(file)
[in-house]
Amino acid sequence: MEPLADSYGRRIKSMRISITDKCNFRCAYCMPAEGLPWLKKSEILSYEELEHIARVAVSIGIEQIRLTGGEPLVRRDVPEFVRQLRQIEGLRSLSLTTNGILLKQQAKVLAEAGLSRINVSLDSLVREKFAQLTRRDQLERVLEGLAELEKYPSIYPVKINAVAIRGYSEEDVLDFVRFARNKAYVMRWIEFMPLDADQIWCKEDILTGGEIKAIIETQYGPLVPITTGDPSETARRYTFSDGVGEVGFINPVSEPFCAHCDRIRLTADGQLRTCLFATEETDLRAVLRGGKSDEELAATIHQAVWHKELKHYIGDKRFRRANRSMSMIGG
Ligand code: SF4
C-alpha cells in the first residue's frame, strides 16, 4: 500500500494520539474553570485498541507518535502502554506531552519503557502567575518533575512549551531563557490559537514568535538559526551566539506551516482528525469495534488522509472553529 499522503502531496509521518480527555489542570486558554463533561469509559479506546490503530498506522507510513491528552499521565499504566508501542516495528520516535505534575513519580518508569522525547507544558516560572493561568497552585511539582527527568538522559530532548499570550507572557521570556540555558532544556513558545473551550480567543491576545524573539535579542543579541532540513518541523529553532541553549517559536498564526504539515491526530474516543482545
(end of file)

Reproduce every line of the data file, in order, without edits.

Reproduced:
[in-house]
Amino acid sequence: MEPLADSYGRRIKSMRISITDKCNFRCAYCMPAEGLPWLKKSEILSYEELEHIARVAVSIGIEQIRLTGGEPLVRRDVPEFVRQLRQIEGLRSLSLTTNGILLKQQAKVLAEAGLSRINVSLDSLVREKFAQLTRRDQLERVLEGLAELEKYPSIYPVKINAVAIRGYSEEDVLDFVRFARNKAYVMRWIEFMPLDADQIWCKEDILTGGEIKAIIETQYGPLVPITTGDPSETARRYTFSDGVGEVGFINPVSEPFCAHCDRIRLTADGQLRTCLFATEETDLRAVLRGGKSDEELAATIHQAVWHKELKHYIGDKRFRRANRSMSMIGG
Ligand code: SF4
C-alpha cells in the first residue's frame, strides 16, 4: 500500500494520539474553570485498541507518535502502554506531552519503557502567575518533575512549551531563557490559537514568535538559526551566539506551516482528525469495534488522509472553529 499522503502531496509521518480527555489542570486558554463533561469509559479506546490503530498506522507510513491528552499521565499504566508501542516495528520516535505534575513519580518508569522525547507544558516560572493561568497552585511539582527527568538522559530532548499570550507572557521570556540555558532544556513558545473551550480567543491576545524573539535579542543579541532540513518541523529553532541553549517559536498564526504539515491526530474516543482545